It seems to me the disappearance of Jamal Khashoggi, last seen in Istanbul, is Erdogan-brand Turkish taffy, a confection of sugary lies made to inflame Americans against the Saudis and aid the far more dangerous to our well-being mullahs of Iran.
I confess to prejudice in this matter. I think Iran is a grave threat to the world, and the Saudis are aiding us in constraining the mullahs. Like Matthew Continetti, I believe the Saudis are now an important counterterrorism ally and roiling the waters there would disrupt “energy markets, create pockets of instability in which jihadists and Iranian-backed militias thrive, and cause headaches for Israel.”
If we disrupt our present relationship, why wouldn’t the Saudis turn elsewhere — China and Russia — and any influence we have in the Middle East would be lost.
In fact, if those in Congress who believe this nonsense get their way and cut arms sales to the Saudis, the beneficiaries will be arms producers in China and Russia and, of course, Iran.
Emmett Tyrell, Jr. speaks for me in the American Spectator:
Today, the United States is faced with a potentially-nuclear-armed Iran that has spread itself far beyond its borders. Iran threatens America’s allies in Israel and the Sunni Arab states, as well as seeks undue control over the region’s vital oil and natural gas sources. What’s more, Iran’s ruling elite are intoxicated by a noxious mix of anti-Americanism, anti-Semitism, and radical Shiite orthodoxy. [snip] Thanks to the Trump Mideast policy, Israel and the Sunni Arab states are now moving closer together as they are increasingly threatened by Iran. Last year, President Trump presided over one of the largest arms sales to Saudi Arabia in history. And, the United States is buttressing Saudi Arabia’s efforts to roll back Iran’s influence in Yemen. All of these are good things that will contribute to the securing of U.S. interests in the region.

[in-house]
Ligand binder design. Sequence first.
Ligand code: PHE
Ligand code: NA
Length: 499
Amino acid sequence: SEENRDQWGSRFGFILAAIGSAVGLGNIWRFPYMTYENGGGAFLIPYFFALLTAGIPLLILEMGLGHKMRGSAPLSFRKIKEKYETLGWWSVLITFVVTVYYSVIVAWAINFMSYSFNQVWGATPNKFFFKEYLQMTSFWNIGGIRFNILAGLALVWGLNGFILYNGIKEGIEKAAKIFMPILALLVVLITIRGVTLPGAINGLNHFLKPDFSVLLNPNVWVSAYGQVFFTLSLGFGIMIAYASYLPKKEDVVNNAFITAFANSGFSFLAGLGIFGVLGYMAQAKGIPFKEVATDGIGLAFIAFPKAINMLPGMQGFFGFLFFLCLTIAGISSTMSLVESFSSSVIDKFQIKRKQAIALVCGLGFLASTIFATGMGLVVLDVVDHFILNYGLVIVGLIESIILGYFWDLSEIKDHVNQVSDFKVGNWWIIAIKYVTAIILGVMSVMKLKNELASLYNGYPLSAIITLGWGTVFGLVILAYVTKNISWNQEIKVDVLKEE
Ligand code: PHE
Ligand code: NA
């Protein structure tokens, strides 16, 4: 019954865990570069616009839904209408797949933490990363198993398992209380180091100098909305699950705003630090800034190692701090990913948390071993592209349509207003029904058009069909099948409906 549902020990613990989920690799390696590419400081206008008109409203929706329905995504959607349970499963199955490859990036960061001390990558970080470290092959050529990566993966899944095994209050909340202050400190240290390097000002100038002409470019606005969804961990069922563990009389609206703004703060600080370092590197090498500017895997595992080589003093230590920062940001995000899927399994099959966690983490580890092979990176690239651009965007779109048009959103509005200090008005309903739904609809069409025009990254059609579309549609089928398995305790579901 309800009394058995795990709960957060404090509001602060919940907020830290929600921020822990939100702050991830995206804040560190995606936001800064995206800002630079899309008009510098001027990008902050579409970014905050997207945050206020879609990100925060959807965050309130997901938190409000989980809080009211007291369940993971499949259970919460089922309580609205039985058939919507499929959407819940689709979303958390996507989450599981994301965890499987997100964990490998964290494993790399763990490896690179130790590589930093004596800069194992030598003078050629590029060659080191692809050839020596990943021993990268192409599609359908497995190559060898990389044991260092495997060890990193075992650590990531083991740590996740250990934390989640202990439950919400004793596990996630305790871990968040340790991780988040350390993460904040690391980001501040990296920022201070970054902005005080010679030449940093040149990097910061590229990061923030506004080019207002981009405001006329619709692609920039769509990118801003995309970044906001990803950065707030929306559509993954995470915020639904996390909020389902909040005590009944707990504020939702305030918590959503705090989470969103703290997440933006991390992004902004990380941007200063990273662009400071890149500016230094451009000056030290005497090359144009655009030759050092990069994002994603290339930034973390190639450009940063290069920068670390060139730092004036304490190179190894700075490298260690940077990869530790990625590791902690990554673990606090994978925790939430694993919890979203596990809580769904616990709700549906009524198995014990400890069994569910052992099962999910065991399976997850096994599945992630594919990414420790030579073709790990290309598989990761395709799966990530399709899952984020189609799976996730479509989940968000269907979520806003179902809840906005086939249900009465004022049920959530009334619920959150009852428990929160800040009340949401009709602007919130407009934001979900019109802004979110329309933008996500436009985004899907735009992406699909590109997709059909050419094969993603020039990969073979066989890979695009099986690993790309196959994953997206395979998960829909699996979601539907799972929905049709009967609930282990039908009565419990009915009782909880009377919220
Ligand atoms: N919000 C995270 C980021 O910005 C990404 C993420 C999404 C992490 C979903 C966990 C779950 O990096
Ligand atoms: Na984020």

Do We Lose Little or Lose Big?
Naturally, just as things seem to be going well for the United States in the Mideast, the reality of Mideast politics hits American policymakers hard. Recently, a Washington Post contributor, Jamal Khashoggi, is believed to have been gruesomely murdered after he entered the Saudi embassy in Istanbul, Turkey. Now, American leaders are calling for an embargo of arms sales and foreign aid to Saudi Arabia until their behavior changes. I understand the desire to seek justice on Khashoggi’s behalf. But, punishing Saudi Arabia in this case will do nothing more than harm America’s already-tenuous ability to roll back the Iranians. Trying to socially reengineer Saudi foreign policy will be as idiotic as trying to turn Iraq into Idaho — especially at a time when Washington needs Riyadh.
Unfortunately, we are not dealing with nice people in the Middle East. Washington policymakers need to stop thinking such leaders exist there. Saudi Arabia and other Sunni Arab states are essential in the American mission to isolate Iran. Either the United States is serious about rolling back Iran or it’s not. And, if Washington no longer believes returning Iran back to its containment is the best course, then overriding the terrible Iran deal was a catastrophic mistake on the part of the Trump Administration.
So why the fuss — stirred by the Washington Post, for whom Khashoggi was the Saudi correspondent, and peddled by Iran’s supporters and Trump’s opponents, who falsely assert that he was a liberal, progressive voice for democracy?
He was anything but, as Daniel Greenfield and others remind us.
In the 1970s he joined the Muslim Brotherhood, which exists to rid the Islamic world of western influence. He was a political Islamist until the end, recently praising the Muslim Brotherhood in the Washington Post. He championed the ‘moderate’ Islamist opposition in Syria, whose crimes against humanity are a matter of record. Khashoggi frequently sugarcoated his Islamist beliefs with constant references to freedom and democracy. But he never hid that he was in favour of a Muslim Brotherhood arc throughout the Middle East. His recurring plea to bin Salman in his columns was to embrace not western-style democracy, but the rise of political Islam which the Arab Spring had inadvertently given rise to. For Khashoggi, secularism was the enemy.